A whole bunch of years ago, I attended a Play Therapy conference that taught me more about leadership during a crisis (and parenting during a crisis) that anything else I had studied to that point. Really, I haven’t learned a more valuable lesson about leadership during a crisis since that day. During the conference, Dr. Gary Landreth, a founding figure within the Play Therapy community, said that any play therapist should convey four (4) messages:
- I’m here
- I’m hearing you
- I understand
- I care (Dr. Gary Landreth, NM Conference on Play Therapy, 3/4/2006)
Though Dr. Landreth was speaking about a therapist’s approach to a child in therapy, I believe that his comments are applicable to anyone who wants to engage people he or she leads. Dr. Landreth reinforced the point that caring would be obvious, if the therapist properly delivered the first three.
If anyone is in a state of crisis, receiving the message that someone cares can provide a safe place to vent emotion. Furthermore, if that someone fills a leadership role in the manner described above, a person in crisis can feel further assured that the threat to his or her own safety may be minimized a s a result of the leader becoming a resource that actually cares.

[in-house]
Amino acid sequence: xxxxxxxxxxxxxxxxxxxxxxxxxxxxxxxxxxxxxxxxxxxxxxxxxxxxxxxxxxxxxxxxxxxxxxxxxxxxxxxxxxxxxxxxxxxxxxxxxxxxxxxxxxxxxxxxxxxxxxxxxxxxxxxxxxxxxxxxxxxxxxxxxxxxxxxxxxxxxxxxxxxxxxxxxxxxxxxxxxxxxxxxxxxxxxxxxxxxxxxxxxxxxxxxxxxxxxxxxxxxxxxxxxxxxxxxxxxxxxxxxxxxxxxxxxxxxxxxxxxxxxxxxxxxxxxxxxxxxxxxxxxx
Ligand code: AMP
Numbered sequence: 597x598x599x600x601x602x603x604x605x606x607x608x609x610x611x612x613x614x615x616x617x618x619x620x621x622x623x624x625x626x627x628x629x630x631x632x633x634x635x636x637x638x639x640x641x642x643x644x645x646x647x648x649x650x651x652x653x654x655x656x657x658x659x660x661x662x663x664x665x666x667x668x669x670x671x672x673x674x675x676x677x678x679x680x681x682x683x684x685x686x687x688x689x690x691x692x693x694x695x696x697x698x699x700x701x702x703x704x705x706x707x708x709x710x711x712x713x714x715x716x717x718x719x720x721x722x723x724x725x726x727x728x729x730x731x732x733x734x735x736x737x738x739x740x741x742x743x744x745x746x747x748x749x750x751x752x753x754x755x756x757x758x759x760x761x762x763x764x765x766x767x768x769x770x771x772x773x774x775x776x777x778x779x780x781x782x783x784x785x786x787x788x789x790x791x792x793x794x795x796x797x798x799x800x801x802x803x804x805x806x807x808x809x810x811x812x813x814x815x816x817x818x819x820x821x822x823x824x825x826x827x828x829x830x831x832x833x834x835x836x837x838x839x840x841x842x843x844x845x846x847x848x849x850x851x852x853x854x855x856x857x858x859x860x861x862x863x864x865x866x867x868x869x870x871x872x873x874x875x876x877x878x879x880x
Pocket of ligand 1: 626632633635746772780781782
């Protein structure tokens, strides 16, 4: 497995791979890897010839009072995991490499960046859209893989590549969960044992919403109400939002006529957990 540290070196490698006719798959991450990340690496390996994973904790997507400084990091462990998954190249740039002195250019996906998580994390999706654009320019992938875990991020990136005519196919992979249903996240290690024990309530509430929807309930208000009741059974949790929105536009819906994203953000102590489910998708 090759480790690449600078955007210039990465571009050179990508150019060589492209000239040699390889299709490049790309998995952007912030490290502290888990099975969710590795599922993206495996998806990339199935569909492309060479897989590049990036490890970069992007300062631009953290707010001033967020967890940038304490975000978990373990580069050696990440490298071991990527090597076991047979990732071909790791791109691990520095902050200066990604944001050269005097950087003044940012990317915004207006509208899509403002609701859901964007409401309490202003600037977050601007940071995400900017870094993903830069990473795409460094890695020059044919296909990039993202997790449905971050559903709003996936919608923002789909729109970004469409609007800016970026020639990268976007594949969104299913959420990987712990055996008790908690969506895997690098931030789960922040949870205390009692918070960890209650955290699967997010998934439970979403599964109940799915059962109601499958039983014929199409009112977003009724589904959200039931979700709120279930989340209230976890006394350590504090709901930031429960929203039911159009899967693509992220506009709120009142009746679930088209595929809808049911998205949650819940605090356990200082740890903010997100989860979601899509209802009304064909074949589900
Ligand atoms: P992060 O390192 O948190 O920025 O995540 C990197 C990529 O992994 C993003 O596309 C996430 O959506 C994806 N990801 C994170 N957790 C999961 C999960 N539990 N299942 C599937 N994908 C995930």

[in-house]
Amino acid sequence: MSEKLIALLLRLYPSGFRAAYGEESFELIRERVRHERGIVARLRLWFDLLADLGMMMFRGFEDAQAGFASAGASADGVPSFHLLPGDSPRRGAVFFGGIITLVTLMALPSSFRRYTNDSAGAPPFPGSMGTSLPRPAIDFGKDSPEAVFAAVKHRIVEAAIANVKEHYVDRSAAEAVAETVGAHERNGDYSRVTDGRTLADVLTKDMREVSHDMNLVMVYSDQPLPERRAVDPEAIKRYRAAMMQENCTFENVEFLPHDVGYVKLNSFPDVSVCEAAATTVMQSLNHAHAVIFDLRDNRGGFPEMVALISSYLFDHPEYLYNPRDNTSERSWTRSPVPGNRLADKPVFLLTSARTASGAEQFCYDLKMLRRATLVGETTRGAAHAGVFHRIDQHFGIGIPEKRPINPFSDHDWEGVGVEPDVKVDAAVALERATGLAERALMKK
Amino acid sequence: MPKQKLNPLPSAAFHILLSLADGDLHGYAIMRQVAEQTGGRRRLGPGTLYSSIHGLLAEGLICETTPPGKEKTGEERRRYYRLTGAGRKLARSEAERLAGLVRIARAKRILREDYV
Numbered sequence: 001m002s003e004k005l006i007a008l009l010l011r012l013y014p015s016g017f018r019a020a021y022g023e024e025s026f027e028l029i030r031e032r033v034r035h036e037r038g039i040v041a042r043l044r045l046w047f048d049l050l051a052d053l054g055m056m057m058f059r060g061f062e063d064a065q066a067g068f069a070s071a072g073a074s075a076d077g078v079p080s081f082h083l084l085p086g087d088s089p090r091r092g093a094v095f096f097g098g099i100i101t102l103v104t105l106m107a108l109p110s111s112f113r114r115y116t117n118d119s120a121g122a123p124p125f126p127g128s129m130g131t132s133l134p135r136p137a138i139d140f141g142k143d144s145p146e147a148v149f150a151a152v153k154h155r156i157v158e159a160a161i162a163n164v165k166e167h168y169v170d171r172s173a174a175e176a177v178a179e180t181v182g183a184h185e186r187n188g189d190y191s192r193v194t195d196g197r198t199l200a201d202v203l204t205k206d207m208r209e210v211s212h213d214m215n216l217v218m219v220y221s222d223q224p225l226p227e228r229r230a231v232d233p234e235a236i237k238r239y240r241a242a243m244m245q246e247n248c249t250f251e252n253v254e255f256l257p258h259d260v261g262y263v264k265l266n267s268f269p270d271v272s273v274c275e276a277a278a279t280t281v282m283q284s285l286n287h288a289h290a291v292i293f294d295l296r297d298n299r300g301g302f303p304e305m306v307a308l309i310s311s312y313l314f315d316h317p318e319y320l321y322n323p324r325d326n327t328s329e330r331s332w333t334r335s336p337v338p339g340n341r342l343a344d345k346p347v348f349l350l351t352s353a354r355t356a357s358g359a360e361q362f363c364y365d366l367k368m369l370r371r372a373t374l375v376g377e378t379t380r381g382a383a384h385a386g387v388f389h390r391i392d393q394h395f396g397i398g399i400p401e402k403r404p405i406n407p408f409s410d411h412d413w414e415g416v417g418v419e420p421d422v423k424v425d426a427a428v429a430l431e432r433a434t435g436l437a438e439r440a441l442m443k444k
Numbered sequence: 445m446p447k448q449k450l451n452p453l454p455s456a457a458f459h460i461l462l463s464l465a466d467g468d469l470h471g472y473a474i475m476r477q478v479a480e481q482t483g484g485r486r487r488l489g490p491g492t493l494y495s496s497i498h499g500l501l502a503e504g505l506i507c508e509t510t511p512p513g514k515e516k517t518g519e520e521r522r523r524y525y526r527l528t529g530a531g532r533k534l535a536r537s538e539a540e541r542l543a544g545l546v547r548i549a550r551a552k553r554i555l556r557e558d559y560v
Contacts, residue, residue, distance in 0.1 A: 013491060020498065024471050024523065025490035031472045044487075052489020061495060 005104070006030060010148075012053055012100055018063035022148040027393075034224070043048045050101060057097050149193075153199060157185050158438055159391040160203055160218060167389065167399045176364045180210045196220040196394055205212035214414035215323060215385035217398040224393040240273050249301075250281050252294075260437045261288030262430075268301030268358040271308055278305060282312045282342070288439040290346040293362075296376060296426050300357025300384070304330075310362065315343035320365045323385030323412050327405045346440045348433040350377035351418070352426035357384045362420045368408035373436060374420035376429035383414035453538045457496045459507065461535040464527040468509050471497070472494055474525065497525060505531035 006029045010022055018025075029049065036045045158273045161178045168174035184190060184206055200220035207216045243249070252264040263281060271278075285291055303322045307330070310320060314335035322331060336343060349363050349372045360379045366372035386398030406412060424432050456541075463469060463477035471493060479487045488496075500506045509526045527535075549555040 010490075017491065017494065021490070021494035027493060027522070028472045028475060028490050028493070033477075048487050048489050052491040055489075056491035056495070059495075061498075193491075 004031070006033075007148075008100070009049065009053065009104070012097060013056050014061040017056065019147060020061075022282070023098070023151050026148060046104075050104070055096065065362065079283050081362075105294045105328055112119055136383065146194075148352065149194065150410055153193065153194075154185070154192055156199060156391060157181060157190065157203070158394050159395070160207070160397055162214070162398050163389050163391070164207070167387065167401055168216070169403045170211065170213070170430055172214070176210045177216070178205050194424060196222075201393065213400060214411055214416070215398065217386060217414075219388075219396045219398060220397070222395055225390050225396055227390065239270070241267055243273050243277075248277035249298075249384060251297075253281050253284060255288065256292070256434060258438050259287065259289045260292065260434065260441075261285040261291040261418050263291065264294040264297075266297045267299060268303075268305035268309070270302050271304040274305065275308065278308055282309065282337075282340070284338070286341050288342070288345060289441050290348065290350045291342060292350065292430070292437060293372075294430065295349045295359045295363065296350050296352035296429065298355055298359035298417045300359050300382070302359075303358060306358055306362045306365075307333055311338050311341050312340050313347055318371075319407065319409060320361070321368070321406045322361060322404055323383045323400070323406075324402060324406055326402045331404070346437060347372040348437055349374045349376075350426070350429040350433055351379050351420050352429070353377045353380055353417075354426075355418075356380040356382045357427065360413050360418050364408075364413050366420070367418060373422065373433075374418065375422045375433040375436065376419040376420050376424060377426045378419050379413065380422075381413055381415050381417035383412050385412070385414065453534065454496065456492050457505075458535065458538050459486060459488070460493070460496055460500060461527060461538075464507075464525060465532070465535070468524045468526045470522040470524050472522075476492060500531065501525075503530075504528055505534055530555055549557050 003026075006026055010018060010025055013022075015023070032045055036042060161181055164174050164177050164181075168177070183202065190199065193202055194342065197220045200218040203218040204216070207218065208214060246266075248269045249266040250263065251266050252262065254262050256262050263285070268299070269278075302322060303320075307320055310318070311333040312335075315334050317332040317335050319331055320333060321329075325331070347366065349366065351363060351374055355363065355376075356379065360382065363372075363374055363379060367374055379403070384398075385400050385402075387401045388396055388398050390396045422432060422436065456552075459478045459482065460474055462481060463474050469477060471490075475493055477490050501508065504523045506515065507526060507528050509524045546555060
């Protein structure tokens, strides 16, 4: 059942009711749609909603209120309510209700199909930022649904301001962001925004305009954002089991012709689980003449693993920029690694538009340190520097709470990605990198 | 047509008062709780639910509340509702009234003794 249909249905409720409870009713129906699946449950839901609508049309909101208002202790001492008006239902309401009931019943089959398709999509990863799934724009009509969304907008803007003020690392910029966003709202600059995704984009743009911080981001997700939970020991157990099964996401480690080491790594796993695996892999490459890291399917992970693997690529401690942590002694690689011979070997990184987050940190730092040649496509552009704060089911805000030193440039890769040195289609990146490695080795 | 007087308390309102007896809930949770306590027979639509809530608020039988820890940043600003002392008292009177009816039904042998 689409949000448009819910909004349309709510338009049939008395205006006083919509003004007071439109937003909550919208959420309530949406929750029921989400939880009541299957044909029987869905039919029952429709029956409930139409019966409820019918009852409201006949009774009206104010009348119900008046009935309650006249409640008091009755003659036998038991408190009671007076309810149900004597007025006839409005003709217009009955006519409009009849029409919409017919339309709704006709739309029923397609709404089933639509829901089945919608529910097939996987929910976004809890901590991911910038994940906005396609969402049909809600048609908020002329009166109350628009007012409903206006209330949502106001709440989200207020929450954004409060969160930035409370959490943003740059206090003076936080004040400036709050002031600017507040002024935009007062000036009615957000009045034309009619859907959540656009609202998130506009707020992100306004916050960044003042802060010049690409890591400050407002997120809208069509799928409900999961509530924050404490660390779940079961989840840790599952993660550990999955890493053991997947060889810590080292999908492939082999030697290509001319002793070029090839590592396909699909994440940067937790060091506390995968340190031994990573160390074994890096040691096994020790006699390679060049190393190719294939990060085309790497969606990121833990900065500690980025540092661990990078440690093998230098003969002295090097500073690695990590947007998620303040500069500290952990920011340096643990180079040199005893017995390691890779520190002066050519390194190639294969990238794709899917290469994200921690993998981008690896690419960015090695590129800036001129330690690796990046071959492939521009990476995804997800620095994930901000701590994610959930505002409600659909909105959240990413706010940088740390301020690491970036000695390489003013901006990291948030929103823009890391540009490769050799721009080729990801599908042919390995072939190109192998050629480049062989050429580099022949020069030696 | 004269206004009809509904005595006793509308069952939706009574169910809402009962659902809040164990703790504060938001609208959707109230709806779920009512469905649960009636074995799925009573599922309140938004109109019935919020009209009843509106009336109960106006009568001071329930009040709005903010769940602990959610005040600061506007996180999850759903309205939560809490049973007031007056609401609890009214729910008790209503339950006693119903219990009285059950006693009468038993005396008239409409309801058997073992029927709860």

Though Dr. Landreth didn’t get into too much detail about how to deliver the first three messages, I believe and have come to practice aware engagement. Knowing myself in relation to both the context and those around me allows me to be present and empathic throughout the crises I encounter in both my work and in my personal life.
Therefore, the best suggestions I can make to a leader who might need to respond to either an individual or group in crisis are the following: Know what to do within the context so that you convey strength; Have a plan and be sure to have resources, or at least be able to find resources, for assistance in executing the plan; communicate openly and in communicating make sure that the people in crisis know that you care. It may sound simple, but sometimes the simplest solutions can become the most difficult to implement. As a matter of fact, any leader who is: competent; who understands the context in terms of available resources; and who communicates openly and earnestly not only pertinent information, but also that he or she cares about the group for whom the leader is responsible, should be a successful leader, both in times of crisis and in times of relative stability, just like Dr. Landreth taught me so many years ago.